Pakistan's new prime minister, Nawaz Sharif, confronts no shortage of challenges: an economy at risk of collapse, a woefully inadequate electrical supply that causes rolling blackouts across the country, rising ethnic and sectarian tensions, and the threat of internal terrorism.
Yet Mr. Sharif also has a significant economic and political opportunity, and he should seize it. Pakistan is due to normalize trade relations with India this year by granting its neighbor and strategic rival most-favored-nation trade status. Sharif should go further and pursue a full-blown India-Pakistan free-trade agreement, much like the North American Free Trade Agreement.
The longstanding animosity in India-Pakistan relations has left South Asia as one of the world's least-integrated regions. Since the two countries were created in the 1947 partition of British India, they have fought four wars.
As a result, intraregional trade in South Asia accounts for only 5 percent of the region's total trade, a proportion dwarfed even by Africa's 10 percent of intraregional trade (not to mention East Asia's 53 percent). Existing organizations such as the South Asian Association for Regional Cooperation have been unable to promote anything more than cosmetic integration.
The Pakistan-India border is 1,800 miles long, but trade flows only through one official crossing. Elaborate customs procedures, difficult visa regimes, and restrictions on foreign investment make trade between the neighbors difficult at best. Clearing away these obstacles could boost trade to $40 billion a year, analysts estimate, compared with less than $3 billion last year.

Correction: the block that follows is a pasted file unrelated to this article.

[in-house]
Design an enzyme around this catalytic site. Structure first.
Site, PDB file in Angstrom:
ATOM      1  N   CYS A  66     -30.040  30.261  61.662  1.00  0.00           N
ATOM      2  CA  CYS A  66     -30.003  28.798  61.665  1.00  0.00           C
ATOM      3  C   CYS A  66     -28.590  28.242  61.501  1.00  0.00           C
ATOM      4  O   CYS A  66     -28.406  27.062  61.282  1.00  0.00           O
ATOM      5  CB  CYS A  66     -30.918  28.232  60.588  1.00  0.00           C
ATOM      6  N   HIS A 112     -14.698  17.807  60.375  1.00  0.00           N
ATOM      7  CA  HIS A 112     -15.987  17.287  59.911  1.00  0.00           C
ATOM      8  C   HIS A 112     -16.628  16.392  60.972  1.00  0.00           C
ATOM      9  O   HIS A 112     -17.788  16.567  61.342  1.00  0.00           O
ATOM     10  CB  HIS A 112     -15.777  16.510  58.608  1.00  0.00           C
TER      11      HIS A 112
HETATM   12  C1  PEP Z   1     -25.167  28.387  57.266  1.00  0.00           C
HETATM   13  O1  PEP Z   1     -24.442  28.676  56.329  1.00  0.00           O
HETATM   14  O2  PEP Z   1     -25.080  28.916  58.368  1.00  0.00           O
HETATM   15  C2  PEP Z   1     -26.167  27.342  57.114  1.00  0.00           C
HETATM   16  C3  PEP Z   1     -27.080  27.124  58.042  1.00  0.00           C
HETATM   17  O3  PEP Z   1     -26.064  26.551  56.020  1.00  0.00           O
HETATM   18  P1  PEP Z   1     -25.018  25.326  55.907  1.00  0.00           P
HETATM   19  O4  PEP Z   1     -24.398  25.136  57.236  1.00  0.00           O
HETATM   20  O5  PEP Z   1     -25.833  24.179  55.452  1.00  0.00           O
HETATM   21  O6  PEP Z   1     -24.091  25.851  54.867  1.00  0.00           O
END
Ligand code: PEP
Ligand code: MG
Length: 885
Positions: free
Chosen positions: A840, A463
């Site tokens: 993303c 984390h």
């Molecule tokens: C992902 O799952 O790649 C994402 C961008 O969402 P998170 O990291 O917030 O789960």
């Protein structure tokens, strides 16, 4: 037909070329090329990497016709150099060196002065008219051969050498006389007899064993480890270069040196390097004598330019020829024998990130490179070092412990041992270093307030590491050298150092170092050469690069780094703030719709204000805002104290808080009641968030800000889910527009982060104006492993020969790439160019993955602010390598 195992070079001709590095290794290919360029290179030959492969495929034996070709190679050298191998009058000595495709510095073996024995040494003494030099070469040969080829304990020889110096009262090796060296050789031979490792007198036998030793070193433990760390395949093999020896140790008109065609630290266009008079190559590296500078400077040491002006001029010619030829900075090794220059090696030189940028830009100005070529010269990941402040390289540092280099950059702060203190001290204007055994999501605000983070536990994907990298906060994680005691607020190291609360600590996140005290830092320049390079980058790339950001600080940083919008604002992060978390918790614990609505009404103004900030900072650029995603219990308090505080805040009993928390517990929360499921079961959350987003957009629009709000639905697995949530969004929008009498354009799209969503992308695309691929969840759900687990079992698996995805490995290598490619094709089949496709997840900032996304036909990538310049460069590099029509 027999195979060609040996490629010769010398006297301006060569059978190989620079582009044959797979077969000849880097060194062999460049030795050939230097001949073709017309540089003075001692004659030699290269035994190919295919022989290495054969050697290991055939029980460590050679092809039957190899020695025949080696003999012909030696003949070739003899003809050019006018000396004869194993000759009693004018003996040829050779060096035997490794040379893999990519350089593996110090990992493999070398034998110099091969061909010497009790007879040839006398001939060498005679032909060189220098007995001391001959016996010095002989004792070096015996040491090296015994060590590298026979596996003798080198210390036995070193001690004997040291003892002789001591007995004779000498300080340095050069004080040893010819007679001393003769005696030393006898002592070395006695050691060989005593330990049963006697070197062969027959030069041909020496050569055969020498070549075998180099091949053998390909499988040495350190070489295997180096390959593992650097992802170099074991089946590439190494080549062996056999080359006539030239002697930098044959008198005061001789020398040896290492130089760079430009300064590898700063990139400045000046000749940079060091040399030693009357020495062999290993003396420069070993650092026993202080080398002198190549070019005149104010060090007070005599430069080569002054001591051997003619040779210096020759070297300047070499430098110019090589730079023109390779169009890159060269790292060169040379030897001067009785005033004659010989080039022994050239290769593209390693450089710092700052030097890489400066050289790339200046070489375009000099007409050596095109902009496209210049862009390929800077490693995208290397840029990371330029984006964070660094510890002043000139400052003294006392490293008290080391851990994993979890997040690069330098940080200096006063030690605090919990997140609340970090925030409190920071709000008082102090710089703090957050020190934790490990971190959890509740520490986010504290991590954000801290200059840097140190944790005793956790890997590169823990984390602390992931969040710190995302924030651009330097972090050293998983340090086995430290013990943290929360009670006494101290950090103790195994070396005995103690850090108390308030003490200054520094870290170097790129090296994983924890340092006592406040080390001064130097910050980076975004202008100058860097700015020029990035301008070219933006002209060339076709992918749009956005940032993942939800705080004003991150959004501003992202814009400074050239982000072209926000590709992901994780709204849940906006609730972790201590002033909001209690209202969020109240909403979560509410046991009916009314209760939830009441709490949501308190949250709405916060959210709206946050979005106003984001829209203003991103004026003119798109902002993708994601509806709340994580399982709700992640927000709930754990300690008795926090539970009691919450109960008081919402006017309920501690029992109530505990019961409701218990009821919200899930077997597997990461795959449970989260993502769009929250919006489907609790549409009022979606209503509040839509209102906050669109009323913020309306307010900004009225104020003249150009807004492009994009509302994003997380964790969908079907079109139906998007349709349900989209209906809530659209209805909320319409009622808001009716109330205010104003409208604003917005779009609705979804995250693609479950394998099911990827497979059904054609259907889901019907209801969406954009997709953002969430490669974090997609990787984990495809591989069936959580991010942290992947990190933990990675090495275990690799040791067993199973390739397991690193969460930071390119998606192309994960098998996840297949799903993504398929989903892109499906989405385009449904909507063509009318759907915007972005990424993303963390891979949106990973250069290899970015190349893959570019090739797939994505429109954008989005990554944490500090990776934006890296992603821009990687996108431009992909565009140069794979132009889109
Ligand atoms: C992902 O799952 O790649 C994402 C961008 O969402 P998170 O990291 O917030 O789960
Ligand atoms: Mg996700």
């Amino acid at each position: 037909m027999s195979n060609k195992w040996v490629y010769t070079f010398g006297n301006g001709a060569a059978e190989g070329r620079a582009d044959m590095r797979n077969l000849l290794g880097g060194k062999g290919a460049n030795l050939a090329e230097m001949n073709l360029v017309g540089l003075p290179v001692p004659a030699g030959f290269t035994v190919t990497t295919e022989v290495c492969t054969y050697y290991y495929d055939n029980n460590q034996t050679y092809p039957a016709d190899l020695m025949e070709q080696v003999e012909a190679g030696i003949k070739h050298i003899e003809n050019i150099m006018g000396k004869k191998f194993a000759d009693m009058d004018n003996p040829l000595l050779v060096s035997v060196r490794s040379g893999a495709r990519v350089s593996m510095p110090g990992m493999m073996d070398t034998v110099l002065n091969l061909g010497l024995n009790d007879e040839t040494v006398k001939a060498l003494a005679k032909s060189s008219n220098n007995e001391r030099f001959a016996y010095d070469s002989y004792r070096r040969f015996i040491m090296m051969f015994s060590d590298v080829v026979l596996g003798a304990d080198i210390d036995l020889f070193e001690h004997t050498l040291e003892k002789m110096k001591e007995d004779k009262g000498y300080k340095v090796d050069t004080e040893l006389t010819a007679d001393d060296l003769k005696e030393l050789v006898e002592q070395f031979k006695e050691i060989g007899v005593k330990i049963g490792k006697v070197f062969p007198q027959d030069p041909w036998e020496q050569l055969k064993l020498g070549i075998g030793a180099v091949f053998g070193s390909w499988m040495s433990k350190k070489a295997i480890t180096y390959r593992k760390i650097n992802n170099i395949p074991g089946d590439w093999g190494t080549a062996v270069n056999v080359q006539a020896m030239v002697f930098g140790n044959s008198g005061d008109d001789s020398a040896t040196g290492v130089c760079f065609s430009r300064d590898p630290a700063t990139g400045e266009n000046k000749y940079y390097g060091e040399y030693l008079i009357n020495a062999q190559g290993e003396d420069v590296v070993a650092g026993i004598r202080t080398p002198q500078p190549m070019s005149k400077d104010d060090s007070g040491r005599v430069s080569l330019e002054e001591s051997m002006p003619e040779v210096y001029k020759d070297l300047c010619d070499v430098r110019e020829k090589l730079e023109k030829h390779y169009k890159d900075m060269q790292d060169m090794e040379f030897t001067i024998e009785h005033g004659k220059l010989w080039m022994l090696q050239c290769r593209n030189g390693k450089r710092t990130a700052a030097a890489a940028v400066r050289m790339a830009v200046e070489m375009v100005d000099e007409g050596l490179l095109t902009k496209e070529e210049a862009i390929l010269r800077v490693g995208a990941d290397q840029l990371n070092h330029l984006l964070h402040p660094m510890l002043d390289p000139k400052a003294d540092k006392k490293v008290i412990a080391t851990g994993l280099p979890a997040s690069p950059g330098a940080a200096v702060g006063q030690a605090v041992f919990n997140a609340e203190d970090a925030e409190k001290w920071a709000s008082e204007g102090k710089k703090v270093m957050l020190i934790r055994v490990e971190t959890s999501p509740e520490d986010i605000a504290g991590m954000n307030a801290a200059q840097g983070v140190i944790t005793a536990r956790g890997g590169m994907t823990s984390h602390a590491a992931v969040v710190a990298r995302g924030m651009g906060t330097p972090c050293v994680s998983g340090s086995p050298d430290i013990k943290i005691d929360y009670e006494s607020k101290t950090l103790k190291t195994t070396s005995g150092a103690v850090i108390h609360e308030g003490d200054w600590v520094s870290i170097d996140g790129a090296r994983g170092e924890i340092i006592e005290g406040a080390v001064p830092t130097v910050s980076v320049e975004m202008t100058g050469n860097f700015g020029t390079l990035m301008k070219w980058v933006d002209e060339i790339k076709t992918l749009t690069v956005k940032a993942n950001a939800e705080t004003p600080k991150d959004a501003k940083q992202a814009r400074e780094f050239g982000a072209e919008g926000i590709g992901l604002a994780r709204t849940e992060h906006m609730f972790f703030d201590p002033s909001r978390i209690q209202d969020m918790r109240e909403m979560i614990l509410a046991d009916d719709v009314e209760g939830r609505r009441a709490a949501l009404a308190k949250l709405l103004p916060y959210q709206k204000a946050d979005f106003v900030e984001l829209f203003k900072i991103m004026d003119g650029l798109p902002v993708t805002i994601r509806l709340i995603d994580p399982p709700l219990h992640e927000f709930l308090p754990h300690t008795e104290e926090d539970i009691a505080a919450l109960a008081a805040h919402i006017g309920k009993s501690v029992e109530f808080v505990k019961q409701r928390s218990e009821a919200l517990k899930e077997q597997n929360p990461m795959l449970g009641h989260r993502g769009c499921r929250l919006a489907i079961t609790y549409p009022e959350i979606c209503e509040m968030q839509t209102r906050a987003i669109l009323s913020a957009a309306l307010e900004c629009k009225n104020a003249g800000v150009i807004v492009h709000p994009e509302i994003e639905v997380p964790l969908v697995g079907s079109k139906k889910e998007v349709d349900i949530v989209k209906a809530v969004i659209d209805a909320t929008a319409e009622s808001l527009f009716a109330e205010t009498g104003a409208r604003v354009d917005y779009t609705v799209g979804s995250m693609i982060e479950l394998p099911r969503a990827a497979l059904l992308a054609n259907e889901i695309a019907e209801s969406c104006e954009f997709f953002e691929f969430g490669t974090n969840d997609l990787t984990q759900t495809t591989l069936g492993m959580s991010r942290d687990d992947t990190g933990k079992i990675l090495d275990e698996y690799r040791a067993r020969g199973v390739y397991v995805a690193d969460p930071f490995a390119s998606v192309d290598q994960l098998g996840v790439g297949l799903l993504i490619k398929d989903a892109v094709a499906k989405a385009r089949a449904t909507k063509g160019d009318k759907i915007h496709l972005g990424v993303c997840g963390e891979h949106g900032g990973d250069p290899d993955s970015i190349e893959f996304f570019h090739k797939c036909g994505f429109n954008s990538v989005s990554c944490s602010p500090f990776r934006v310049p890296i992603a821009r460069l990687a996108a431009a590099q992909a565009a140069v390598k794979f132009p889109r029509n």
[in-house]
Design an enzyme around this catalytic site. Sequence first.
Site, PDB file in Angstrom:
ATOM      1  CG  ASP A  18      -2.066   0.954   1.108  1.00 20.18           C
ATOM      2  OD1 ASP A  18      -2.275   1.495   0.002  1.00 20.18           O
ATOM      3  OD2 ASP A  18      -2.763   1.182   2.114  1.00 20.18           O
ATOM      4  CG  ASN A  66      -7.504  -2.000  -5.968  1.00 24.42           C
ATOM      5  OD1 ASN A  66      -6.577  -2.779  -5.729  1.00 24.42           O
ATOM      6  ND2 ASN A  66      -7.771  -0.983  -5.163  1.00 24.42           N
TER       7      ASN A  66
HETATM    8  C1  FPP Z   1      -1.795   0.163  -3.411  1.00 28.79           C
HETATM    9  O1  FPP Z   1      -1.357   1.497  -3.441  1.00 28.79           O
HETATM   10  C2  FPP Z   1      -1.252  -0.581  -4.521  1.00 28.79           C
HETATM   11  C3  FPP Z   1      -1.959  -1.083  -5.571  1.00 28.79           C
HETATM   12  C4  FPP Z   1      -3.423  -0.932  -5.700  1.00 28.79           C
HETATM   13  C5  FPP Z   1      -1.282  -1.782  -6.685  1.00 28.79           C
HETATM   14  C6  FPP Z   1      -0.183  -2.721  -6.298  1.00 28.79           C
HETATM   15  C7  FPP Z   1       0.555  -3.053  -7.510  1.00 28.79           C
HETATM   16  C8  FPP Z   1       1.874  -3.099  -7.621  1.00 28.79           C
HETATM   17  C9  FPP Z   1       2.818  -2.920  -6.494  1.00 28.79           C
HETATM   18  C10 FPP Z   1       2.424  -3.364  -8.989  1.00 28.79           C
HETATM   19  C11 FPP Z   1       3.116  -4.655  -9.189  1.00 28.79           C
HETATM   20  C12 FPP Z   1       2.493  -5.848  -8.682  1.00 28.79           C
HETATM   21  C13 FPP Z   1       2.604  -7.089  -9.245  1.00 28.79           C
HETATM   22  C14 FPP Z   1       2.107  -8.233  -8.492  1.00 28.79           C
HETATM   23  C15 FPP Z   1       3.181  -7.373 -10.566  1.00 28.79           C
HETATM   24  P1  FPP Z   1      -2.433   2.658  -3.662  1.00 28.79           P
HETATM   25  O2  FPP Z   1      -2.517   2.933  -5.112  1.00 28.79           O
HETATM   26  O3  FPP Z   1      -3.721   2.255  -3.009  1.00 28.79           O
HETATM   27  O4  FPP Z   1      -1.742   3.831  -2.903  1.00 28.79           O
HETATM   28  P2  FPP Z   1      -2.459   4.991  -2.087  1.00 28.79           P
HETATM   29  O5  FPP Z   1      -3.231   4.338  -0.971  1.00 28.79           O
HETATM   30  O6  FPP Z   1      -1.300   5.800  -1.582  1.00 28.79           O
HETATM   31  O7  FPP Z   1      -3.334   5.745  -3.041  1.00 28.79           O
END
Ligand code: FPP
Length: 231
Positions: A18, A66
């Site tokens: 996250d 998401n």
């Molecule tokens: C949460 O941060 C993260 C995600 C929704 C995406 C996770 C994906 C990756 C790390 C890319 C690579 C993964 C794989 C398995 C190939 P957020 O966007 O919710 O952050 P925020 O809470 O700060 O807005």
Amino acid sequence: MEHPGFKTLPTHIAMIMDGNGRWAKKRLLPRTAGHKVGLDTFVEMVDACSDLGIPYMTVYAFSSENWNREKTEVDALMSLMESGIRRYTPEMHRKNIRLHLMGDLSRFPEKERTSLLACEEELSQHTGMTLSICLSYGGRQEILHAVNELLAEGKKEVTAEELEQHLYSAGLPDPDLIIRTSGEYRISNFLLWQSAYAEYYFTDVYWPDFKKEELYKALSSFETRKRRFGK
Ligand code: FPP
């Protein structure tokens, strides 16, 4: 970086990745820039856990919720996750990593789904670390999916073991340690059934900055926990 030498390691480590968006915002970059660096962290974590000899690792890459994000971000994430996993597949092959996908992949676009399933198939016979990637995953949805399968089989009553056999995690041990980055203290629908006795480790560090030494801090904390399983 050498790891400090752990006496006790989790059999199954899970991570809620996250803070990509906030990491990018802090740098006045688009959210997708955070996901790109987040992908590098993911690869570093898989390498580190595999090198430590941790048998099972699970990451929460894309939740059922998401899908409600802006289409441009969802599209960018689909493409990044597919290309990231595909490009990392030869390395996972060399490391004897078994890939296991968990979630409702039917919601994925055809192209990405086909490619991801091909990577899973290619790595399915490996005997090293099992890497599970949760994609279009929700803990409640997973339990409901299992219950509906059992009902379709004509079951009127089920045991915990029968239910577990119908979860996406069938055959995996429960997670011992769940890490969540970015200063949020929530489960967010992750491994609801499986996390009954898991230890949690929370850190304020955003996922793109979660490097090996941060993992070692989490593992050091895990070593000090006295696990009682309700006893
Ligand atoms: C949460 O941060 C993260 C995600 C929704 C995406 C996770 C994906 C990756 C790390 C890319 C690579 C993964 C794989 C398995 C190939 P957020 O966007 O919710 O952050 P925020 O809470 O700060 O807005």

Trade is not a cure-all for stunted development and grinding poverty, but it would help foster growth in two countries whose lack of openness to each other hinders their economic advancement. A free-trade agreement would lead to increased investment and tourism for both countries, reduced prices for consumers, greater revenues for businesses, and a newly diverse and more innovative group of suppliers for both countries' people.
And, as the US National Intelligence Council has warned, improved trade may be the only way to keep South Asia peaceful – no small concern considering the countries' nuclear arsenals.
For Pakistan and India, moreover, the timing may never be better. Sharif has nearly unprecedented support for a Pakistani civilian leader. He has no viable rivals. As a result of his party's strong election performance in May, he does not even require a coalition to govern.
Sharif also draws the bulk of his support from the Punjab Province, the most economically prosperous and industrialized region, and thus the one best-positioned to benefit from a deal.
Sharif's Indian counterpart, Manmohan Singh, has seen his long premiership weakened by scandals and unruly coalition partners. His Congress Party desperately needs a win to increase voter enthusiasm ahead of next year's general election. The Indian public is disenchanted with internal security problems, anemic economic growth, and the bland performance of Mr. Singh's heir apparent, Rahul Gandhi.
For Singh, like Sharif, a trade deal could provide an economic and political boost. The influential Indian business community would reap major benefits from a trade deal with the 180 million consumers next door. And Singh, who was born in what is now Pakistan, originally made his name as an economic reformer, launching India's economic liberalization as finance minister in 1991.
To be sure, securing a trade agreement would not be easy. The Pakistani military is reflexively suspicious of India and scuttled an attempted opening of relations in 1999 during Sharif's prior premiership. Singh's coalition partners remain troublesome. Both groups would have to be appeased to allow a trade deal to go forward. And both countries will need to keep their territorial dispute over Kashmir as a separate issue.
Still, nothing is ever easy in South Asia, and this opportunity is better than most. Nawaz Sharif should take it.
Jesse Kaplan, a former Babar Ali fellow at Lahore University of Management Sciences, is a student at Yale Law School.